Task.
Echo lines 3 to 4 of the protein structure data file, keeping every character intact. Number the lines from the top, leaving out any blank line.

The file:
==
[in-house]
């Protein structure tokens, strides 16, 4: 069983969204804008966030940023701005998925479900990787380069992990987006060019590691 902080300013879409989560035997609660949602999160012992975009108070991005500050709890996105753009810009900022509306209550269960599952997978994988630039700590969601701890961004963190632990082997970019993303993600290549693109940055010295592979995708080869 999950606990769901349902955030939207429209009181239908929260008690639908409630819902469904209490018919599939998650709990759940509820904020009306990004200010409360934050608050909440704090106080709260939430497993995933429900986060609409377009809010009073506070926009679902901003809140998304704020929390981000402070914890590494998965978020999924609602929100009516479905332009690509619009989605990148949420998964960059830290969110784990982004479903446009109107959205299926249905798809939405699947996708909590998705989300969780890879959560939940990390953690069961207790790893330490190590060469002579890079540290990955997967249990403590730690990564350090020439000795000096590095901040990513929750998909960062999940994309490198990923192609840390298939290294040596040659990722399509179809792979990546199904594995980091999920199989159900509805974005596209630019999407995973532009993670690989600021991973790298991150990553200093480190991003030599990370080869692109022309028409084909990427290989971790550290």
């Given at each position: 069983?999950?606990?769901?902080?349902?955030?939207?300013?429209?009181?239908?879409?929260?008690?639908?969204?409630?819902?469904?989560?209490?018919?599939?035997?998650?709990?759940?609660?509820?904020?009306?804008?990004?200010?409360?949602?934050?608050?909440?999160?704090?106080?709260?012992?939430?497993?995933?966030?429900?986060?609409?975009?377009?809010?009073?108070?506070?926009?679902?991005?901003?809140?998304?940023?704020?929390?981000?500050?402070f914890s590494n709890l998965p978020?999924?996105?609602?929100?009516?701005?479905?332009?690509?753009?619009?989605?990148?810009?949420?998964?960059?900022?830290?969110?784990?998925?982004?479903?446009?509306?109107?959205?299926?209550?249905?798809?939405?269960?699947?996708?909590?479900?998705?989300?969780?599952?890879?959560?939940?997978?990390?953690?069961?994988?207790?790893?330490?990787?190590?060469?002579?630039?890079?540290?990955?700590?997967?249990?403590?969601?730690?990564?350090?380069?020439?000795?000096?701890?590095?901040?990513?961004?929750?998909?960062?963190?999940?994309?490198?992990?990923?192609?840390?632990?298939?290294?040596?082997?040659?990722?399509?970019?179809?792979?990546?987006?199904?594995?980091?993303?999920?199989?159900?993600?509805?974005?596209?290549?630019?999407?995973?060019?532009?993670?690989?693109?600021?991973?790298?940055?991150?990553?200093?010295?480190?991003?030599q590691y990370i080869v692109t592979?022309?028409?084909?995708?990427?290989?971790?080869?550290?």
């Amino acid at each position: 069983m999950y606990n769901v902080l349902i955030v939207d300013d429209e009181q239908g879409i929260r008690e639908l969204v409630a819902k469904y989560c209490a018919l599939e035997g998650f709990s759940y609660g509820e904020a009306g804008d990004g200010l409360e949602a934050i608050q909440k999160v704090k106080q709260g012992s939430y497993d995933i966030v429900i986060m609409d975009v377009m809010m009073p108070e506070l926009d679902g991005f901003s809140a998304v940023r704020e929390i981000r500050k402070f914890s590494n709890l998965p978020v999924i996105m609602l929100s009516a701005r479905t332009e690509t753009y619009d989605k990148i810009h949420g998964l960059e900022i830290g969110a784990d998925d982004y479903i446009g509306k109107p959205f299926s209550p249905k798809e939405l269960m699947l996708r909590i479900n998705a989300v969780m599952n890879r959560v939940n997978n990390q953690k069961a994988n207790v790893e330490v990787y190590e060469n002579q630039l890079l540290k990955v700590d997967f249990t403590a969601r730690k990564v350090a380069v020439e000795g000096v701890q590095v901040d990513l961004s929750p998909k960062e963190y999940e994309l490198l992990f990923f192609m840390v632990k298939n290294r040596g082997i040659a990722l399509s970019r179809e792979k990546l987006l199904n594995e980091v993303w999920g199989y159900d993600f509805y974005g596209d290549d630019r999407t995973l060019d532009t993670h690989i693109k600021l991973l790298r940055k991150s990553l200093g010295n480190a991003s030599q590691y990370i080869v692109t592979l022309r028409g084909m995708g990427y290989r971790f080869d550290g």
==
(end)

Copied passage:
């Given at each position: 069983?999950?606990?769901?902080?349902?955030?939207?300013?429209?009181?239908?879409?929260?008690?639908?969204?409630?819902?469904?989560?209490?018919?599939?035997?998650?709990?759940?609660?509820?904020?009306?804008?990004?200010?409360?949602?934050?608050?909440?999160?704090?106080?709260?012992?939430?497993?995933?966030?429900?986060?609409?975009?377009?809010?009073?108070?506070?926009?679902?991005?901003?809140?998304?940023?704020?929390?981000?500050?402070f914890s590494n709890l998965p978020?999924?996105?609602?929100?009516?701005?479905?332009?690509?753009?619009?989605?990148?810009?949420?998964?960059?900022?830290?969110?784990?998925?982004?479903?446009?509306?109107?959205?299926?209550?249905?798809?939405?269960?699947?996708?909590?479900?998705?989300?969780?599952?890879?959560?939940?997978?990390?953690?069961?994988?207790?790893?330490?990787?190590?060469?002579?630039?890079?540290?990955?700590?997967?249990?403590?969601?730690?990564?350090?380069?020439?000795?000096?701890?590095?901040?990513?961004?929750?998909?960062?963190?999940?994309?490198?992990?990923?192609?840390?632990?298939?290294?040596?082997?040659?990722?399509?970019?179809?792979?990546?987006?199904?594995?980091?993303?999920?199989?159900?993600?509805?974005?596209?290549?630019?999407?995973?060019?532009?993670?690989?693109?600021?991973?790298?940055?991150?990553?200093?010295?480190?991003?030599q590691y990370i080869v692109t592979?022309?028409?084909?995708?990427?290989?971790?080869?550290?």
């Amino acid at each position: 069983m999950y606990n769901v902080l349902i955030v939207d300013d429209e009181q239908g879409i929260r008690e639908l969204v409630a819902k469904y989560c209490a018919l599939e035997g998650f709990s759940y609660g509820e904020a009306g804008d990004g200010l409360e949602a934050i608050q909440k999160v704090k106080q709260g012992s939430y497993d995933i966030v429900i986060m609409d975009v377009m809010m009073p108070e506070l926009d679902g991005f901003s809140a998304v940023r704020e929390i981000r500050k402070f914890s590494n709890l998965p978020v999924i996105m609602l929100s009516a701005r479905t332009e690509t753009y619009d989605k990148i810009h949420g998964l960059e900022i830290g969110a784990d998925d982004y479903i446009g509306k109107p959205f299926s209550p249905k798809e939405l269960m699947l996708r909590i479900n998705a989300v969780m599952n890879r959560v939940n997978n990390q953690k069961a994988n207790v790893e330490v990787y190590e060469n002579q630039l890079l540290k990955v700590d997967f249990t403590a969601r730690k990564v350090a380069v020439e000795g000096v701890q590095v901040d990513l961004s929750p998909k960062e963190y999940e994309l490198l992990f990923f192609m840390v632990k298939n290294r040596g082997i040659a990722l399509s970019r179809e792979k990546l987006l199904n594995e980091v993303w999920g199989y159900d993600f509805y974005g596209d290549d630019r999407t995973l060019d532009t993670h690989i693109k600021l991973l790298r940055k991150s990553l200093g010295n480190a991003s030599q590691y990370i080869v692109t592979l022309r028409g084909m995708g990427y290989r971790f080869d550290g």